You can imagine the awe I felt the first time I was alone with him in his office in Annapolis. After quizzing me fiercely on “What do you plan to do with us on the Internet?” he gave me a lesson in local journalism. “What is important to us is what matters to THOSE people on THAT street!” He proclaimed it loudly, vigorously jabbing his finger at the window of his office. It sank in.
A Dangerous — And Vital — Job
At The Capital, I learned that people, or what Merrill called “Names and Faces,” are the most important job of a journalist, or any writer for that matter. It is not the abstract thought or policy (though those have proper place). It is all about families, their kids, the Naval Academy cadets and their families, the politicians and their families. And yes, Wendi had it right: it is also about the houses they live in, the clubs they start and belong to and the community that celebrates with them.
The irony of the matter is that the murder suspect apprehended on the scene, Jarrod Ramos, had been waging a legal and social media war against The Capital for several years because they, with their dedicated local news coverage, had covered his trial in 2011. He went to court for the “harassment” and stalking of a young woman in the area. He also took the paper to court (and lost). He then reportedly waged a social media campaign against The Capital for years, swearing to get revenge on the journalists, editors and publishers.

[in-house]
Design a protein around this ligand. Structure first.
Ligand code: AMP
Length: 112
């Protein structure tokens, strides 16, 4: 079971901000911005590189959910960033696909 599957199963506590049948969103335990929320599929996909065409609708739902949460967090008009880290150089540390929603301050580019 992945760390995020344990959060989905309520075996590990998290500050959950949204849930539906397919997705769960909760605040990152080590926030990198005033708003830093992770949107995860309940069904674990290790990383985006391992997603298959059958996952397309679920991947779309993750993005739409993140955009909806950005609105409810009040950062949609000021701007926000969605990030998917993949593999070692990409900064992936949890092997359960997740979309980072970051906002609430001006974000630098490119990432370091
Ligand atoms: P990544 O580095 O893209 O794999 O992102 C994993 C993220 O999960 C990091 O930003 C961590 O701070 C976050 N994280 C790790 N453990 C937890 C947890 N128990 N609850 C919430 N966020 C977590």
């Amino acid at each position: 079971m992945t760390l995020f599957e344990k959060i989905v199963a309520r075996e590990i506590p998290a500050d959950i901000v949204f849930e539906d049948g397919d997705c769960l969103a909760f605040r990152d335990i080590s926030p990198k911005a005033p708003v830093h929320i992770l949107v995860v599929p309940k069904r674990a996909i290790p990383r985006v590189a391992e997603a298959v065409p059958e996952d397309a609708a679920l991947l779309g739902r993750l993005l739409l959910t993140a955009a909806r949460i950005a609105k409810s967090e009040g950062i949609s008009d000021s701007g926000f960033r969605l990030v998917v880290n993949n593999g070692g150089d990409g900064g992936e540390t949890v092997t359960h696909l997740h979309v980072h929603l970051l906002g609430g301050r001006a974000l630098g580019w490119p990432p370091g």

Writing about local people and local news may not be glamorous, especially in these days of media figures chasing celebrity-outrage recognition and “gotcha” notoriety. But it can still be very dangerous — perhaps because it is real writing about real people who are close to each other. And, dangerous as it may be, it is vital for our survival as a society and a nation of communities.
Wendi, Gerald and the other victims, as well as the staff of that paper — present and past — are heroes to me for that reason. And most of them are and were outstanding writers.